The essay “High Rule? Vintage Virtue in The Legend of Zelda” by Benjamin B. DeVan is more approachable for those who don’t know a lot about Christianity and Zelda. It looks at altruism and its role in Zelda games, particularly the first two installments that were released in the 80’s. DeVan claims that Jesus was indeed an inspiration for Link:
For example: Ganon’s minions believe Link’s blood contains the power of resurrection. Link walks on water like Jesus, though Link requires the winged boots. Link’s shields and gravestones in both games bear the cross (though Link’s shield in later games bears the sign of the Triforce.) The Adventure of Link once references a church bell ringing. Link descends beneath Death Mountain in one game and Death Valley in the other to defeat the Prince of Darkness and confront the Shadow/Dark/False Link.
He goes on to look for the source of morality in Hyrule:
The creative design of the gaming universe(s) inhabited by Link, Zelda and other Hyrule citizens parallels God’s work as the Grand Designer, High Rule(r) and Ultimate Source for morality in our world, whether or not people directly acknowledge it.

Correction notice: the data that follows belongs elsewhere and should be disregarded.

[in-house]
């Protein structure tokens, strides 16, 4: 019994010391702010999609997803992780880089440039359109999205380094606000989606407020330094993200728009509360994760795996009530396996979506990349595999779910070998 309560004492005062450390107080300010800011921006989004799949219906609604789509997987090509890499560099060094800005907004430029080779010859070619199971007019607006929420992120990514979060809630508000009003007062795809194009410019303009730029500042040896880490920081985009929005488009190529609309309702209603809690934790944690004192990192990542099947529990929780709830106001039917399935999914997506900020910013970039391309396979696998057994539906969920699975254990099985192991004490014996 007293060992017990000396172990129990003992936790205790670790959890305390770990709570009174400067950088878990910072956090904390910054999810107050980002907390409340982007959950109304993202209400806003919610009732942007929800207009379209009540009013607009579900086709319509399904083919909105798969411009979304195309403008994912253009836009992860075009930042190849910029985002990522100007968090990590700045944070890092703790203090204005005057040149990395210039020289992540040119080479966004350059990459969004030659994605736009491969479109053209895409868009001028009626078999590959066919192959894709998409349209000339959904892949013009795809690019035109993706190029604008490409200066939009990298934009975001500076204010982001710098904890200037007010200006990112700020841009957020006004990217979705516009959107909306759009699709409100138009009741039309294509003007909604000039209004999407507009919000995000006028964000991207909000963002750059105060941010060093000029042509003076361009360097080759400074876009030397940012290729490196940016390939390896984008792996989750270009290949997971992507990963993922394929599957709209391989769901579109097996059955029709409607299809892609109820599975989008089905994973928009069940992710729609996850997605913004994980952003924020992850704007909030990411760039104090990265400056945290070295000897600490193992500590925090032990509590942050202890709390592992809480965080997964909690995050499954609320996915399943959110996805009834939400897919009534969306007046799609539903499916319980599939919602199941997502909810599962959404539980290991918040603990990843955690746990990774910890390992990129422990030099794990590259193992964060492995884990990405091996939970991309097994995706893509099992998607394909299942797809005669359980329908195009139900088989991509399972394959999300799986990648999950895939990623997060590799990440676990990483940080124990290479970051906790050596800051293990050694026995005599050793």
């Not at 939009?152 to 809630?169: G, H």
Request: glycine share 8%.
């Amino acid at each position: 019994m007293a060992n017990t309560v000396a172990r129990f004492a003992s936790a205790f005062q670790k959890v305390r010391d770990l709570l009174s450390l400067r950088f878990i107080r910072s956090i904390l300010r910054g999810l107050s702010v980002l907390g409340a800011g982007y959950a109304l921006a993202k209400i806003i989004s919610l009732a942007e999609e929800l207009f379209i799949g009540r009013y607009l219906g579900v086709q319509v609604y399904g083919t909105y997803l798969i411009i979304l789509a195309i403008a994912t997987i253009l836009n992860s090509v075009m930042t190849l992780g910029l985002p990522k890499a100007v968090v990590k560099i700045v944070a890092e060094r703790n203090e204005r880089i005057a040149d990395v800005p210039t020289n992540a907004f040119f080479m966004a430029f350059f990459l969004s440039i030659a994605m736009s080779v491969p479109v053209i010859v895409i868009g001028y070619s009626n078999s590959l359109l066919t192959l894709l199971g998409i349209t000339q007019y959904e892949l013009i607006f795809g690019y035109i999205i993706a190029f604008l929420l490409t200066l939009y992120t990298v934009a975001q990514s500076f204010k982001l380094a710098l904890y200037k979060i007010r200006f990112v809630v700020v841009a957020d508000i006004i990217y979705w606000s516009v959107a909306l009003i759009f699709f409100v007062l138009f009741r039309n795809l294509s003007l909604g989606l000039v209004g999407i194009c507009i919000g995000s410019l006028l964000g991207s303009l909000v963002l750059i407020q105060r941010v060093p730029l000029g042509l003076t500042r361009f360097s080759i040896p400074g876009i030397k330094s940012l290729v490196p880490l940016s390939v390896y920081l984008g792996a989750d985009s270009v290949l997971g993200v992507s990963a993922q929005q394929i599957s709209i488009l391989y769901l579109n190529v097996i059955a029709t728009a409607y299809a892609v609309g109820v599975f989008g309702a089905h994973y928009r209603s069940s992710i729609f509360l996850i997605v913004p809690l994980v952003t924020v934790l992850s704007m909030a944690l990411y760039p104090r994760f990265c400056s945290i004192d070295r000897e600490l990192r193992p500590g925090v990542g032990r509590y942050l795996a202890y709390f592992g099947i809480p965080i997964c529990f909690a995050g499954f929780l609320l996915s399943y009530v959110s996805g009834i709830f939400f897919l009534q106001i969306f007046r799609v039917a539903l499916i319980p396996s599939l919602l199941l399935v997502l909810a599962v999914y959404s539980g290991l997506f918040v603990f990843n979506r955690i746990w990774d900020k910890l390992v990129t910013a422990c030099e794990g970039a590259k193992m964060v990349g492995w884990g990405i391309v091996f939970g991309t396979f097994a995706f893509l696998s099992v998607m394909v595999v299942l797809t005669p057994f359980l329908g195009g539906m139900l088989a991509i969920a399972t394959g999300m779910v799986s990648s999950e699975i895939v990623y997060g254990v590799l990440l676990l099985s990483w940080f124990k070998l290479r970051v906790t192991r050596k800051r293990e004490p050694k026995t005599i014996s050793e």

With this, the author targets atheists and their supposed sources for morality:
Atheists recount some motivations for moral behavior, describe examples and manifestations of morality and moral intuitions, but they do not, and perhaps cannot, supply an original source, authority or absolute adjudicator for moral principle, outrage and conviction. Is philosophical incoherence the price for denying a source for absolute morals?
Power and A Link to the Past
The Legend of Zelda: A Link to the Past is my favorite game from the Zelda series. Jeremy Smith does a good job in looking at the role of power in the game and addresses the question, “Why spend time helping people when it won’t matter when they’re gone?” In A Link to the Past, a parallel “Dark World” is created by Ganon that will disappear along with all of its inhabitants when he is vanquished. Smith finds that the religious guide in the game, Sahasrahla, would be a proponent of a cataclysmic Christ “who sees sees the spiritual struggle and wants nothing but to vanquish all things dark, as the legend tells”. On the other hand, Link emulates a catalytic Christ “who acknowledges the spiritual struggle but does not allow this to interfere with helping individuals and expanding the circle of God’s grace to people beyond.”